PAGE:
T.Y. and D.Y.
Appeal from Jefferson Juvenile Court (JU-13-140.01 and JU-13-141.01)
THOMPSON, Presiding Judge.
This is the second time these parties have been before this court. In the action addressed in the first appeal considered by this court, T.Y. and D.Y. ("the petitioners"), had petitioned the Jefferson Juvenile Court ("the juvenile court") to find two of the minor children of S.S. ("the mother") dependent and to award custody of those two children ("the children") to the petitioners. The juvenile court entered a judgment on September 11, 2013, finding the children dependent and awarding custody of the children to the mother, but making no provision for further review of the dependency action. The petitioners appealed, and after a remand from this court, the juvenile court, on August 6, 2014, entered a new, final judgment in that action in which it reentered the provisions of the September 11, 2013, judgment but also specified that the matter would be periodically reviewed. On return to remand, this court affirmed that judgment, without an opinion. See T.Y. v. S.S. (No. 2130034, Sept. 12, 2014), ___So. 3d ___(Ala. Civ. App. 2014) (table).
After the entry of the August 6, 2014, judgment, but before this court had released its opinion affirming that judgment, the juvenile court conducted a review hearing in August 2014, and it rendered a judgment in which it again found the children dependent but in which it modified the custody award. In that judgment, the juvenile court awarded the mother and the petitioners joint legal custody of the children, with the petitioners having primary physical custody. Although the judgment entered after the August 2014 review hearing was dated August 28, 2014, and was signed by the juvenile-court judge on that date, it was date-stamped in the clerk's office on September 3, 2014, and it was actually entered in the State Judicial Information System ("SJIS") on September 4, 2014. Pursuant to Rule 58(c), Ala. R. Civ. P., "[a]n order or a judgment shall be deemed 'entered' within the meaning of these Rules and the Rules of Appellate Procedure as of the actual date of the input of the order or judgment into the State Judicial Information System." See also Jakeman v. Lawrence Grp. Mgmt. Co., 82 So.3d 655, 657-58 (Ala. 2011) (explaining that a judgment signed by the trial court is not effective until it is entered in the SJIS). Accordingly, we refer to the judgment from which the current appeal is taken as "the September 4, 2014, judgment."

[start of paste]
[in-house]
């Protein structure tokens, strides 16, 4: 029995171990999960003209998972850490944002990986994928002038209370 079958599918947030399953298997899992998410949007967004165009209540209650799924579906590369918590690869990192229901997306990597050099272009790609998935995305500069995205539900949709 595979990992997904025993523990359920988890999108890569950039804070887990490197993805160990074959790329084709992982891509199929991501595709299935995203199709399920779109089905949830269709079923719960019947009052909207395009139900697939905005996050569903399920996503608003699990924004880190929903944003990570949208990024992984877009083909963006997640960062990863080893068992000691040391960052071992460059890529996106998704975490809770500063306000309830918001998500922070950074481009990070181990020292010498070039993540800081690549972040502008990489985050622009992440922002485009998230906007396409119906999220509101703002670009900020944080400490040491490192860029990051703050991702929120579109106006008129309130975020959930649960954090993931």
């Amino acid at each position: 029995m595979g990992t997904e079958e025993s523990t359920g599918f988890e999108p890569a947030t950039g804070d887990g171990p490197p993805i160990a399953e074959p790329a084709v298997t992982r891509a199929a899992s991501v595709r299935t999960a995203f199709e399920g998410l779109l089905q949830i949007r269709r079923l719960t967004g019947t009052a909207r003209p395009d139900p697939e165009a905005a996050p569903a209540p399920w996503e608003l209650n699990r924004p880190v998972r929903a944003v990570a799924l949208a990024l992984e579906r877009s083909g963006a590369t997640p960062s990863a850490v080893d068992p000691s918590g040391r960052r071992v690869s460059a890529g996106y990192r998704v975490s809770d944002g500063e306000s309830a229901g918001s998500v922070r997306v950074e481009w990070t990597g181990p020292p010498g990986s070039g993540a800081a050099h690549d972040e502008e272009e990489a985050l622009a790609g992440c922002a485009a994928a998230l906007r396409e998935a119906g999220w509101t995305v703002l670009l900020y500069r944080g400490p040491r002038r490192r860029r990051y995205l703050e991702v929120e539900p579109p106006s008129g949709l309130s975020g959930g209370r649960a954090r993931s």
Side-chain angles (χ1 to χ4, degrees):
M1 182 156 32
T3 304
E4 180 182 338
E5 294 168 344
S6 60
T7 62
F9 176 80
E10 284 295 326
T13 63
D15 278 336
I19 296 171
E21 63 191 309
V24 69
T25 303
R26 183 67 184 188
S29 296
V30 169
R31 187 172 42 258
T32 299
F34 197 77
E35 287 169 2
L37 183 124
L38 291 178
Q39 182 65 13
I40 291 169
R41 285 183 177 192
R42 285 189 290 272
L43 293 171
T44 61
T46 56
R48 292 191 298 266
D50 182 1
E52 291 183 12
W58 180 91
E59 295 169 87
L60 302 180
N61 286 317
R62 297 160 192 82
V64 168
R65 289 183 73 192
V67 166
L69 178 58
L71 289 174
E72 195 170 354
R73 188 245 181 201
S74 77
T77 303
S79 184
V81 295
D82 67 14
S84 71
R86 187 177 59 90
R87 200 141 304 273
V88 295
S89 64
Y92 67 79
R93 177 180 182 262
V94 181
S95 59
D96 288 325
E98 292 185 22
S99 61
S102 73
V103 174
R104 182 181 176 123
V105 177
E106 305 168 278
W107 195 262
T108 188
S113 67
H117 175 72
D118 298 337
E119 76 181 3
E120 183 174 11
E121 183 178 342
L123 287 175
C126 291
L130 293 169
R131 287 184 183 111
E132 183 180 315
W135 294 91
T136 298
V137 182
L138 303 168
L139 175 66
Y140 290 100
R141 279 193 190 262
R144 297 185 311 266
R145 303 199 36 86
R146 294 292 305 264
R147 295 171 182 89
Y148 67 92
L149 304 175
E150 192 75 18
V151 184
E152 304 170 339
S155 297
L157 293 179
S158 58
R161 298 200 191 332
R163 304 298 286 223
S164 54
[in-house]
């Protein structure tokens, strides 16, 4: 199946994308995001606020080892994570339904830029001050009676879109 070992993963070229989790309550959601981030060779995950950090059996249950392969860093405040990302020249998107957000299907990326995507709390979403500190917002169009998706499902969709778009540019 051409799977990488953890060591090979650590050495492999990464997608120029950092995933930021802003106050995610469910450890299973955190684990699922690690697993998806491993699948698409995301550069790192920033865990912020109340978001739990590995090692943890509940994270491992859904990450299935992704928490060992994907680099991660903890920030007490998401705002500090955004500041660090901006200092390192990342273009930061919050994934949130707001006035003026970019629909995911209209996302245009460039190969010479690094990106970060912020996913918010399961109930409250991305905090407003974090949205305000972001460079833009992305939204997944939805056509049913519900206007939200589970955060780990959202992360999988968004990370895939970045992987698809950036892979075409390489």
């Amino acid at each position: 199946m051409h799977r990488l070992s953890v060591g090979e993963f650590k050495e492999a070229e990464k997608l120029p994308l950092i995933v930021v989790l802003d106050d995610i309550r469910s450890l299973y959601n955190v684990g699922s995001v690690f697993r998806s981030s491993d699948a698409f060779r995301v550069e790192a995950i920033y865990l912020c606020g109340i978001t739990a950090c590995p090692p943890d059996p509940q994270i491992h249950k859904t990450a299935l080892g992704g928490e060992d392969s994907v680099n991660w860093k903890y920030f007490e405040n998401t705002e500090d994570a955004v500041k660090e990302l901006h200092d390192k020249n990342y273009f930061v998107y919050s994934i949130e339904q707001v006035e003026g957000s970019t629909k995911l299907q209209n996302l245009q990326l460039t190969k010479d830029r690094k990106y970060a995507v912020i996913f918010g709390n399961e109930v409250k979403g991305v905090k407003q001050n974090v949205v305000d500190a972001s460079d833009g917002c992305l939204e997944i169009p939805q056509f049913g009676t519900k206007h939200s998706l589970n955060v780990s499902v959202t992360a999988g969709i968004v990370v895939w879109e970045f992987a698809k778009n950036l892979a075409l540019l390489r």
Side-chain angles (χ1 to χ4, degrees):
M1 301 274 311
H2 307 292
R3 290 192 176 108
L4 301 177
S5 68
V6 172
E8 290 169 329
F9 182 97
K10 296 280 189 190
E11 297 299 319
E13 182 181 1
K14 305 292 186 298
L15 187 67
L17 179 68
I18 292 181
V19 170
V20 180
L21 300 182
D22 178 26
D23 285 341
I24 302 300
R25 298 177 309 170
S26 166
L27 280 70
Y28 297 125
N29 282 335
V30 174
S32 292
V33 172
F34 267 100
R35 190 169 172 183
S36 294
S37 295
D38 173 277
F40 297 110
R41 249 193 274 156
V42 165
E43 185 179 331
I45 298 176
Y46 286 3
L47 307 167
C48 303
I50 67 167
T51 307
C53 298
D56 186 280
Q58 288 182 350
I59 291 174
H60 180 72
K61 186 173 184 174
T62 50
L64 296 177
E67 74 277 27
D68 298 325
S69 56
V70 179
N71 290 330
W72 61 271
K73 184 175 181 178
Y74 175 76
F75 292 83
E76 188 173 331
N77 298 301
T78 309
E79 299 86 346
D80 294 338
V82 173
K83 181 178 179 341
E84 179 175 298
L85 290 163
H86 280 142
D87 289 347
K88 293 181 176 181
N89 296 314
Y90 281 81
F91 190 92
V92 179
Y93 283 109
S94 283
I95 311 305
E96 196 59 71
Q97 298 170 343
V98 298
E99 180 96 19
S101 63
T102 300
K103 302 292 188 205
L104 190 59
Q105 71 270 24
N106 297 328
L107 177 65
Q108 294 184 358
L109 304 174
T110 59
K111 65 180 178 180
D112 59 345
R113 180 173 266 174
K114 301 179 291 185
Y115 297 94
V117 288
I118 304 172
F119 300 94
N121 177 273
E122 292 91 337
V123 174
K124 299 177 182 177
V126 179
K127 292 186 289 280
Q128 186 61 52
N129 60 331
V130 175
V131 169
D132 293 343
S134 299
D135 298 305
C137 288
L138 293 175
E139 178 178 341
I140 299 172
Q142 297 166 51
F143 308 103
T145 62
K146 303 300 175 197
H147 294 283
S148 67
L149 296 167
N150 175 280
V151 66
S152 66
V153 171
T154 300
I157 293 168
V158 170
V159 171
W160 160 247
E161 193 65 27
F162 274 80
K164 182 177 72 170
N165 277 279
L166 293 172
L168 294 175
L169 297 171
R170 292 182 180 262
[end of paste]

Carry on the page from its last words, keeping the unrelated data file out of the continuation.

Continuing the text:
On August 29, 2014, the day after the court signed the September 4, 2014, judgment but before that judgment was entered in the SJIS, the mother, acting pro se although she was represented by counsel, filed a postjudgment motion, arguing that the juvenile court had erred in awarding primary physical custody to the petitioners. The juvenile court wrote a notation on that motion, stating "Denied. Movant is represented by counsel." That denial of the mother's August 29, 2014, postjudgment motion was entered in the SJIS on September 3, 2014, the day before the juvenile-court clerk entered the September 4, 2014, judgment in the SJIS.
According to Alabama caselaw, the mother's August 29, 2014, postjudgment motion was deemed to be effective on September 4, 2014, on the same day as, but following, the entry of the judgment from which the postjudgment motion was taken. See New Addition Club, Inc. v. Vaughn, 903 So.2d 68, 72 (Ala. 2004) ("Thus, we conclude that a postjudgment motion filed before a judgment is entered is not a nullity; it becomes effective when the judgment is entered."); see also Jakeman v. Lawrence Grp. Mgmt. Co., 82 So.3d at 658-59; D.K.M. v. R.M., 57 So.3d 770, 772 n. 1 (Ala. Civ. App. 2010); and T.T.T. v. R.H., 999 So.2d 544, 574-48 (Ala. Civ. App. 2008). Accordingly, for the purposes of resolving this appeal, we hereinafter refer to the postjudgment motion the mother filed on August 29, 2014, as "the initial postjudgment motion" or "the September 4, 2014, postjudgment motion."
The mother's attorney moved to withdraw on September 9, 2014. On September 12, 2014, the mother, again acting pro se, filed another postjudgment motion identical to the September 4, 2014, postjudgment motion. New counsel for the mother later filed another postjudgment motion on behalf of the mother on September 17, 2014.
The juvenile court entered an order purporting to deny the "mother's motion to alter, amend, or vacate" on September 29, 2014; that order did not reference which of the mother's two later-filed postjudgment motions it might be addressing.The mother filed a notice of appeal on October 9, 2014.